"If I had a million dollars, I'd set up a trust fund...one for my kids."

Or buy an apartment building, set up a holding company, buy an island ... Just because people don't have taxable capital income doesn't mean they aren't capitalists. All it means is that they have a good tax accountant,


"simply begs the question of how CEOs managed to gain control without ownership."

You mean being white, male, and taller than average doesn't explain it? ;)

I think they hold the capital hostage and demand a ransom: "Pay me tons of money or I'll kill this stock". So no dividends for granny.

To figure out why top corporate income earners get the compensation they do (not so much in Japan or Europe BTW), you have to read Galbraith, not Marx.

Galbraith identified the consequences of corporate structure a long time ago ("The New Industrial State"). In particular, he noted a transfer of income from owners to officers.

DH said: "With this type of taxation do you think we'd have any high income earners?"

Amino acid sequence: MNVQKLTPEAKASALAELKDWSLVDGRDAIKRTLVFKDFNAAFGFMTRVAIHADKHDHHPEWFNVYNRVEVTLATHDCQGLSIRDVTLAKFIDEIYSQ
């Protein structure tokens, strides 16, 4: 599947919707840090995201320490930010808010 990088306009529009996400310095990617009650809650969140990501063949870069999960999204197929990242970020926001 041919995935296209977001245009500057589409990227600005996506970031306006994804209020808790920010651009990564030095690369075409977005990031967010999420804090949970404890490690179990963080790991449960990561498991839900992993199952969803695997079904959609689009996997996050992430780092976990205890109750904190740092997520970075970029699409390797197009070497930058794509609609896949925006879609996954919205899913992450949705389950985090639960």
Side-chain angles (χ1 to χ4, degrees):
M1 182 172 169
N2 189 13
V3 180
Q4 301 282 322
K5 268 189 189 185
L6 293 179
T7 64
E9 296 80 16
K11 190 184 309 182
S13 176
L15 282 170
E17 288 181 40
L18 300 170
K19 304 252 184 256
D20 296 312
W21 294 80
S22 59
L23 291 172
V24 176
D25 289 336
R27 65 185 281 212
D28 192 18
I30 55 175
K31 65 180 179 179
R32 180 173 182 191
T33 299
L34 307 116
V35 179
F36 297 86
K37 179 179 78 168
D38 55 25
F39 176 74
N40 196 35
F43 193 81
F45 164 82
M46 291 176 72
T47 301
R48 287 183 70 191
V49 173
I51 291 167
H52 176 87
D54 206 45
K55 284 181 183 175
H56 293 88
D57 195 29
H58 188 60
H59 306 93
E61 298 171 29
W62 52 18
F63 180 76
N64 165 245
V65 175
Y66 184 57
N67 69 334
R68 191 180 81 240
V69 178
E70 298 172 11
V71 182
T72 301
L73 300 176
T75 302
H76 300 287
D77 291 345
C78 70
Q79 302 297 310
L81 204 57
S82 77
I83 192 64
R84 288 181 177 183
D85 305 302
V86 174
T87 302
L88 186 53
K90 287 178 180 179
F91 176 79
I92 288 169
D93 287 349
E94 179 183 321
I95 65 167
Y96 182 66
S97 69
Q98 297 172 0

That is the point, no high income earners who won't retire and spend down some to most of what they made.

DH said :"They'd all go somewhere where they can keep their income.... I would."

Bye and replace them.

DH said: "And they'd take a lot of jobs along with them."

The businesses and the jobs stay. If they try to net export from somewhere else, don't allow it.

The point of loopholes and tax evasion is to get a nominal low income on the tax returns that doesnt reflect reality. Capital income is far easier to circumvent. Actual income share for labour is most likely much lower.

That may be trueto a degree (although, in practice, I think you'd find it's not that easy to circumvent tax on capital income, at most you can defer it or have it recharacterized as something to be taxed at a more favourable rate), but that would have been true 50 or 35 years ago as well (more so, since the Income Tax Act has been tighened up considerably since the 1970's to prevent what is seen as abusive tax avoidance). That wage income has increased steadily as a proportion of the incomes of the very rich suggests a more fundamental structural change than mere tax avoidance.